Deal advances collaborative accountable care payment design to improve care and lower costs
Philadelphia, PA – Independence Blue Cross (IBC) announced it has renewed a four-year agreement with the University of Pennsylvania Health System (Penn Medicine) to provide covered benefits for all of IBC’s members at Penn Medicine’s hospitals. The agreement includes IBC’s industry-leading pay for performance and accountable care payment model that will reward Penn Medicine’s hospitals and their staff physicians for improving the quality of care and lowering costs for consumers.
“We are pleased that Penn Medicine has renewed its agreement with us and we can continue to partner with such a high caliber health care system to transform the delivery and quality of health care for consumers,” says Daniel J. Hilferty, president and CEO of IBC. “Independence Blue Cross is proud to be a leader in the new era of accountable care. Our progressive incentive program and accountable care payment model helps doctors and hospitals create a more connected patient-centered, efficient health care system, ultimately improving quality and making health care more affordable.”
For the last two years, IBC has worked diligently to include its accountable care payment model as a core component in all of its contract renewal agreements with health systems. To date, more than 80 percent of the eligible health systems in the Philadelphia area have agreed to participate in IBC’s accountable care payment model. IBC expects more than 90 percent participation by the end of 2013.
Penn Medicine — among the largest and most highly-regarded health systems in the Philadelphia area — is the latest hospital to sign a contract with IBC that rewards hospitals and their staff primary care physicians and specialists for building a payment framework to share accountability for their patients’ health care and health outcomes.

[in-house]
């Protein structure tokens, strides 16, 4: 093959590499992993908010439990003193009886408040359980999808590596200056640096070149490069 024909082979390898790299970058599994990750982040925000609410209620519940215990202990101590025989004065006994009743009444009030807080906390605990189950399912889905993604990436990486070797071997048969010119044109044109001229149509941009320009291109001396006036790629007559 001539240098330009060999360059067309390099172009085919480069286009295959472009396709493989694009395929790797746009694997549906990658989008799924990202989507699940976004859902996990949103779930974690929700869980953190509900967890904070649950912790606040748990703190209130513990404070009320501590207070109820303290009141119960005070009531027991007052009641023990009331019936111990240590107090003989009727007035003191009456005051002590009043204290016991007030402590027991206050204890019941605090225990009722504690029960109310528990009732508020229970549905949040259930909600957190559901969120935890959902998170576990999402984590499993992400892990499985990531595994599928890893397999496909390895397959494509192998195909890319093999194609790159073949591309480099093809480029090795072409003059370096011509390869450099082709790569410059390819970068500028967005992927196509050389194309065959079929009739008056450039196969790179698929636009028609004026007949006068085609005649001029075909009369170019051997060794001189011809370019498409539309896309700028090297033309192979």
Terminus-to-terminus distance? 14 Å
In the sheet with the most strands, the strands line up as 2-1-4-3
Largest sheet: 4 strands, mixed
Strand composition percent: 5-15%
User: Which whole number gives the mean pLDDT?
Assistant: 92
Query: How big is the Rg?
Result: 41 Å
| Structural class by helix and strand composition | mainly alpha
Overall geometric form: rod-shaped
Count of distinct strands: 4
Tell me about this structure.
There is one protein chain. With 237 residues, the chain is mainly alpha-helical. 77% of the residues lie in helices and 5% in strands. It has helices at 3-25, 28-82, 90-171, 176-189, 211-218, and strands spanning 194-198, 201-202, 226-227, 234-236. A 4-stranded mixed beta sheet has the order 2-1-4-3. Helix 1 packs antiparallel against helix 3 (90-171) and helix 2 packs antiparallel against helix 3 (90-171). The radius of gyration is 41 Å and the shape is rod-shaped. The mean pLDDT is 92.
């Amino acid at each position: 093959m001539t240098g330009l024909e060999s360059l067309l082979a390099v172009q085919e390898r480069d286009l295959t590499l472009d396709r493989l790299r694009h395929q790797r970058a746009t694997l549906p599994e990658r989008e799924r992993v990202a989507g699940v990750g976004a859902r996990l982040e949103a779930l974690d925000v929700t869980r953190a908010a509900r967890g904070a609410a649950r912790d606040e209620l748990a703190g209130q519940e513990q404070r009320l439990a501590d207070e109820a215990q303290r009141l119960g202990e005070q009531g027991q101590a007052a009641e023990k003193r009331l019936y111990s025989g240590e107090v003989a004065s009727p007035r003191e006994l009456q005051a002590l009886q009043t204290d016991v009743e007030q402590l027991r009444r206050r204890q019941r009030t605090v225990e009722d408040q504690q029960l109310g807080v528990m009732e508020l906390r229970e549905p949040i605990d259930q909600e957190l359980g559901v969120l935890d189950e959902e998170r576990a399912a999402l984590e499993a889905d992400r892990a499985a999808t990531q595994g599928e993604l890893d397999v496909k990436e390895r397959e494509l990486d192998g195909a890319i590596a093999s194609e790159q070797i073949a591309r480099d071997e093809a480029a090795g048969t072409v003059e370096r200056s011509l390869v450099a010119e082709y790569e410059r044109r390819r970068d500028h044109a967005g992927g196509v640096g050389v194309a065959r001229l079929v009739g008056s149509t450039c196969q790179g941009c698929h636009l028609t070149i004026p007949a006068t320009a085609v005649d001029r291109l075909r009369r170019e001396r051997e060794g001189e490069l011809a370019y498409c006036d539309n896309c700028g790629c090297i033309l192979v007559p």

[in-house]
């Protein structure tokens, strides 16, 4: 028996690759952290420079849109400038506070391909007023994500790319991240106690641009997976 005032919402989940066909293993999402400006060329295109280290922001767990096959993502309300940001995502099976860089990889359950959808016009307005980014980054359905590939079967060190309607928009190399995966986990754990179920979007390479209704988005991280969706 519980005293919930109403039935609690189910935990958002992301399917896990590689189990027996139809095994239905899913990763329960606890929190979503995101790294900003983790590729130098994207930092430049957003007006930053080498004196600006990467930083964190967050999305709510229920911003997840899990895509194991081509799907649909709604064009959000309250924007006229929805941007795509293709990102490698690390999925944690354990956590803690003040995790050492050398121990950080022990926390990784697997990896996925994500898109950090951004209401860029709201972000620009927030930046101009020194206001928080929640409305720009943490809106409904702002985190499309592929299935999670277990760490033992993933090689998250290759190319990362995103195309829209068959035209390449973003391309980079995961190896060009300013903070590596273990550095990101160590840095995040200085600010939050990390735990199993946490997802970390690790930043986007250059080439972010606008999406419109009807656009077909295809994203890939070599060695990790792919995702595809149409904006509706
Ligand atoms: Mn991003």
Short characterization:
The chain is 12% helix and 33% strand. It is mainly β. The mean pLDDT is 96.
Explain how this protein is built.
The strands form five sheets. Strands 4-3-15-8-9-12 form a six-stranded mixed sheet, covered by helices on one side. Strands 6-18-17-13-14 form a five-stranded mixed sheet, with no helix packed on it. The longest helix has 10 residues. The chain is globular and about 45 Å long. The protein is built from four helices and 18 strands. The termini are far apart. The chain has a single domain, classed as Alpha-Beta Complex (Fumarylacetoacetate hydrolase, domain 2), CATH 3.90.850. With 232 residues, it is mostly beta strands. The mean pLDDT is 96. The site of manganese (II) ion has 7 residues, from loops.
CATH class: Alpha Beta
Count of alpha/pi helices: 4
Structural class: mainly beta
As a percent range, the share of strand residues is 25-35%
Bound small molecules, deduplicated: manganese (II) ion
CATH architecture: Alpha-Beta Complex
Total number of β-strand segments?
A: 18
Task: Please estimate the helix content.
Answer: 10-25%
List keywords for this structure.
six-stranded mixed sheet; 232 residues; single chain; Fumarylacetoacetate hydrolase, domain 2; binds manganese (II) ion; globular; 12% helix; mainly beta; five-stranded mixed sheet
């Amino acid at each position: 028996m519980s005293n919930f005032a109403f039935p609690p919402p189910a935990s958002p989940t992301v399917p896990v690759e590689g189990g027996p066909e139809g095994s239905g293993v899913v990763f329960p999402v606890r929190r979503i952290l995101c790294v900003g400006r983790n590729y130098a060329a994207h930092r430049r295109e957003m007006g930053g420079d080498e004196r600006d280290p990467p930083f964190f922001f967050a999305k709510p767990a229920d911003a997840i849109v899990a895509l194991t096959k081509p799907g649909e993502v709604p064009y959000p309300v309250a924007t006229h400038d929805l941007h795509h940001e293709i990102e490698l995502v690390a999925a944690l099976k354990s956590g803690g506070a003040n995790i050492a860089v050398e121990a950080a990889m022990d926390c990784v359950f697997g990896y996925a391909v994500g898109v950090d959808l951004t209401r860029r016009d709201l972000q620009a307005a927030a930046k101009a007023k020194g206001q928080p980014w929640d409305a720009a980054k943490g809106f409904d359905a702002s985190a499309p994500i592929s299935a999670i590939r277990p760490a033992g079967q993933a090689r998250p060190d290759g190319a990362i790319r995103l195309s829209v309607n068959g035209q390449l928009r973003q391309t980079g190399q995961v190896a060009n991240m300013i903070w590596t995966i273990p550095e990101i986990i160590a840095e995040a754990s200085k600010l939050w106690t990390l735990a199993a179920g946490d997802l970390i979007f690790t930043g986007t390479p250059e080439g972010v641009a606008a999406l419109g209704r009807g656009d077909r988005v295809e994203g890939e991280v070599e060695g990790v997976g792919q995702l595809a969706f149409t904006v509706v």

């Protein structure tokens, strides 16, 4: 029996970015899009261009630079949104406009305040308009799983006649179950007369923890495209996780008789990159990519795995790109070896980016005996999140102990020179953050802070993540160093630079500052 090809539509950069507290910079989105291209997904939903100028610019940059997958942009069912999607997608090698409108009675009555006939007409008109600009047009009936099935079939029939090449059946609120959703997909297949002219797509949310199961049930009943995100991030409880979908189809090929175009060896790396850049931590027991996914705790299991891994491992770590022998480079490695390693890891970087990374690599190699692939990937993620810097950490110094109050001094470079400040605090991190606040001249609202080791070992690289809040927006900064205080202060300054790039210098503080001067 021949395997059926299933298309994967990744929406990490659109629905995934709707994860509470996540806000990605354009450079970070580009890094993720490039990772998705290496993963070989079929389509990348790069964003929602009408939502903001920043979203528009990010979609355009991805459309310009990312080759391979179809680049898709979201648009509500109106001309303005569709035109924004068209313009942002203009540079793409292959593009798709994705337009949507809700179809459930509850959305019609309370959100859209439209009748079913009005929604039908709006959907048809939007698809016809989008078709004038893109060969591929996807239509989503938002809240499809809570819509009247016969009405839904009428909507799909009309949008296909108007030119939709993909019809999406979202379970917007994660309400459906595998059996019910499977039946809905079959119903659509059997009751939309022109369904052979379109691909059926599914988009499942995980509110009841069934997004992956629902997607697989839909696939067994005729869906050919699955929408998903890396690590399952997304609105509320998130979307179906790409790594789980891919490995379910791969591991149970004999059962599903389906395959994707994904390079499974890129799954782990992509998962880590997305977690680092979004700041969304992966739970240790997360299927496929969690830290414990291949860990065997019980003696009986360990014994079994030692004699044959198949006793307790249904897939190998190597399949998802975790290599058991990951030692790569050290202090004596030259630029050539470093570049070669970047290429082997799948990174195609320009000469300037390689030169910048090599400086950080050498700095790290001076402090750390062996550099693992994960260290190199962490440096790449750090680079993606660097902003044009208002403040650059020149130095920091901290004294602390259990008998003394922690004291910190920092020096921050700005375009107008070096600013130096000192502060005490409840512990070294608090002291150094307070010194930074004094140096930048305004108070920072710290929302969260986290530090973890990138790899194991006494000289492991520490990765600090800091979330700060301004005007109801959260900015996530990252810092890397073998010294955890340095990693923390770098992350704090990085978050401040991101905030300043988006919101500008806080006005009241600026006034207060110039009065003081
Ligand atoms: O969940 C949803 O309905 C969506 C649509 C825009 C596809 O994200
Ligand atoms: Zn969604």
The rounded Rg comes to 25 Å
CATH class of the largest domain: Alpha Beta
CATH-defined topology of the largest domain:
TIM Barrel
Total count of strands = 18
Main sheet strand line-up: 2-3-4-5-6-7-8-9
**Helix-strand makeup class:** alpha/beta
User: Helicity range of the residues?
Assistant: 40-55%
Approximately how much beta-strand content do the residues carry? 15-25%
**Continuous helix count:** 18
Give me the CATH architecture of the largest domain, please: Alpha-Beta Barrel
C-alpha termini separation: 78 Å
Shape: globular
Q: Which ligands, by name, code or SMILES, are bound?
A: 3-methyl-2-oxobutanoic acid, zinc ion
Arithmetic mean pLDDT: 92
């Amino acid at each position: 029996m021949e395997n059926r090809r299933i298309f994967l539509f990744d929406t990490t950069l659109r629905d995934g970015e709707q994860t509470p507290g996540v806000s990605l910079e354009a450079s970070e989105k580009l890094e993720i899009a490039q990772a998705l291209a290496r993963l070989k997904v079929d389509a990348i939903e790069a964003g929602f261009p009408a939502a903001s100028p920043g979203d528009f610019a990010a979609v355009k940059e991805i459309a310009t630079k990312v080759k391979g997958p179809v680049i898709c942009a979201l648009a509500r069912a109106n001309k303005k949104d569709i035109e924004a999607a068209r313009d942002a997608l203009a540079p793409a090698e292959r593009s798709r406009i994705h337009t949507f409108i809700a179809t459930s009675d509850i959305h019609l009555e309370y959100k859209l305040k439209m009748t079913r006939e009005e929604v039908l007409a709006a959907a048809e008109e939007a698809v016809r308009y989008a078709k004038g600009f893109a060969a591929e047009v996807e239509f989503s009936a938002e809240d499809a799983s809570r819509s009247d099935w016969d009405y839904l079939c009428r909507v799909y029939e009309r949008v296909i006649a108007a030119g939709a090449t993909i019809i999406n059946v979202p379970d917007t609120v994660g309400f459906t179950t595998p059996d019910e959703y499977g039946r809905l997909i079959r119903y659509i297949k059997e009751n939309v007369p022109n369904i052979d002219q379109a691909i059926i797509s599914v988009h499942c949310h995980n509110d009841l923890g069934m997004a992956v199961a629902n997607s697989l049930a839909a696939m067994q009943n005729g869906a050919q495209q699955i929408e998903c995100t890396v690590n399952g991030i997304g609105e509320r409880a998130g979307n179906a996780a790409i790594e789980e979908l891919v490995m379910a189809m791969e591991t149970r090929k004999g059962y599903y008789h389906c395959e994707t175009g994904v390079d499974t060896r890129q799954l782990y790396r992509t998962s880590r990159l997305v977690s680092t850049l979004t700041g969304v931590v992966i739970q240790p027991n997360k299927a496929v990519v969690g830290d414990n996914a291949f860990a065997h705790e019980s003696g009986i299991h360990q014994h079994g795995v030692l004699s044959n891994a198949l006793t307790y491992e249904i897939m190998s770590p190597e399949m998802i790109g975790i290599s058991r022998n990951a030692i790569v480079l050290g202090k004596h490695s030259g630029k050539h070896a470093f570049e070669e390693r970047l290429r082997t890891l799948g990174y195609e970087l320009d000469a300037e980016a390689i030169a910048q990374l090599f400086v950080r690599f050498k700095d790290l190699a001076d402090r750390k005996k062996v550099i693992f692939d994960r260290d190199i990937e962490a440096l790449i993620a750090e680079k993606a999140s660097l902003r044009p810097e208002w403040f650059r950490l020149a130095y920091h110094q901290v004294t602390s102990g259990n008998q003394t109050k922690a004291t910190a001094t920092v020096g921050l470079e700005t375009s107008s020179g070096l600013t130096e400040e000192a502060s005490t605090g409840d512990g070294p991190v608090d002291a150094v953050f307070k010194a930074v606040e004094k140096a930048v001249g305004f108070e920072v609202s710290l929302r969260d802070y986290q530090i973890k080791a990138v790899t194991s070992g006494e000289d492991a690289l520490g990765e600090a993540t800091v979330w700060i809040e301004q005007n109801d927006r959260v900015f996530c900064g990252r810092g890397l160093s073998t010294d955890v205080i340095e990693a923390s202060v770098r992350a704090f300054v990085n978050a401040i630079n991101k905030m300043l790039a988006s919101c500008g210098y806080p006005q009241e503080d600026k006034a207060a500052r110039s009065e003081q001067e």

IBC pioneered its industry-leading accountable care payment model, formerly titled (Integrated Provider Performance Incentive Plan), in 2010, several months before the Affordable Care Act brought national attention to the new approach to health care and well before the government-established Medicare Accountable Care Organizations began taking root in 2012. In the accountable care model, groups of primary care physicians, specialists, and hospitals work together to coordinate care for the patients they serve; share responsibility for providing efficient, high-quality care; set performance measurements; and track and analyze costs — leading to higher quality, lower-cost care.
IBC’s accountable care payment model gives significant financial incentives to hospitals and health systems organized in an accountable care model for delivering better health outcomes and lowering medical costs. For example, fifty percent of a health system’s potential earnings are based on the doctors’ and hospitals’ ability to improve performance related to reducing hospital-acquired infections and readmissions and ensure evidence-based guidelines are followed for surgical care and the treatment of heart attacks, heart failure, and pneumonia. The other fifty percent of the potential incentive payment is based on their ability to manage costs through greater collaboration and coordination of inpatient, outpatient, ancillary care, home health, prescriptions, and other health services.